I am attaining a much deeper understanding about the impact of the collapse of the Soviet Union on this area of the world. In Australia, we learned about the Berlin Wall coming down, the fall of the Iron Curtain, the liberation of millions of people from communism. However, the reality for Armenia and Georgia was quite different.
In 1990, this region was full of enormous factories, such as those for extracting copper and producing steel. Along the coast and in the mountains, huge Intourist resorts were under construction, and the Georgian mountains were the training grounds of the Soviet Olympic skiing team. Nuclear power provided electricity across the region, and cheap gas was supplied from the Russia SSR.
After the collapse of the USSR in 1991, the simmering discontent in the region plunged into civil war, rife with ethnic cleaning and countless refugees. Armenia went without electricity for five years, and without gas for ten years. All construction stopped, and the factories shut down. Each country had been specialised to perform a specific function, and now that the supply lines had been cut, everything was paralysed.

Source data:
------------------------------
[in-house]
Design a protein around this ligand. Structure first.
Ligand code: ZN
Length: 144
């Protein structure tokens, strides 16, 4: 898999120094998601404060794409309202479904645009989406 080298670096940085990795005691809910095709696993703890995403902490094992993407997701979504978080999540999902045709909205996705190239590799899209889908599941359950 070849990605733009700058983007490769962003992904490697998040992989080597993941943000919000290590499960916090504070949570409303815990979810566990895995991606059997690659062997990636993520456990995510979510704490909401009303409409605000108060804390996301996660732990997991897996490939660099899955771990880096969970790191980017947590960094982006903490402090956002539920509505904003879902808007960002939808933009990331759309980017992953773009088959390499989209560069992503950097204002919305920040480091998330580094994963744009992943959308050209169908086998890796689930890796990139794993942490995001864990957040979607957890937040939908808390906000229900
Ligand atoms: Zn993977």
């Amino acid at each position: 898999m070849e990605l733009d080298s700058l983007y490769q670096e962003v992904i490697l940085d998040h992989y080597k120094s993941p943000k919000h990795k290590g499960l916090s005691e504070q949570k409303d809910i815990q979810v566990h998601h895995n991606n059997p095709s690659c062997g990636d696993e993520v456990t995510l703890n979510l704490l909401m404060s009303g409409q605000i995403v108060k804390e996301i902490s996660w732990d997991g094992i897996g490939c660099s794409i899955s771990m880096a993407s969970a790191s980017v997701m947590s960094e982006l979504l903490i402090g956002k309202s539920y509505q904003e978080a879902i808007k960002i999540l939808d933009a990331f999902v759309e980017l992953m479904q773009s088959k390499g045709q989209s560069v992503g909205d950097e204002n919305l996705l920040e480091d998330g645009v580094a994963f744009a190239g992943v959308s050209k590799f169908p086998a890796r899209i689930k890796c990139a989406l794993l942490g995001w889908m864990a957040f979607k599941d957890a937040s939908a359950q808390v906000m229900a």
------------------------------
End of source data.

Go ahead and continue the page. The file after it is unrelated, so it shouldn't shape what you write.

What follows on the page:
Driving through the Caucasus, it is hauntingly easy to imagine life immediately after 1991. The giant factories still stand as monoliths on the outskirts of the cities, and the concrete skeletons of giant holiday resorts still ring Lake Sevan.
Now these countries must slowly rebuild themselves, redefine their identity and find a way to sustainability and progress, all while dealing with internal and external conflicts. Belarus has done an amazing job, and Minsk glimmers with promise and affluence. Armenia still bears the deepest scars of poverty and conflict, and has allied itself with Russia, its major acceptor of its exports.
Georgia has lost much from its war with Russia, and now looks to the West for its future, with many signs in English and Council of Europe flags visible throughout the city. Tbilisi has a very pleasant feel to it, with streets lined with cafes and wide boulevards for evening promenades. Georgia has a way to go before it is eligible for EU membership, but it is encouraging to see it inching away from war and slowly towards open communication and dialogue.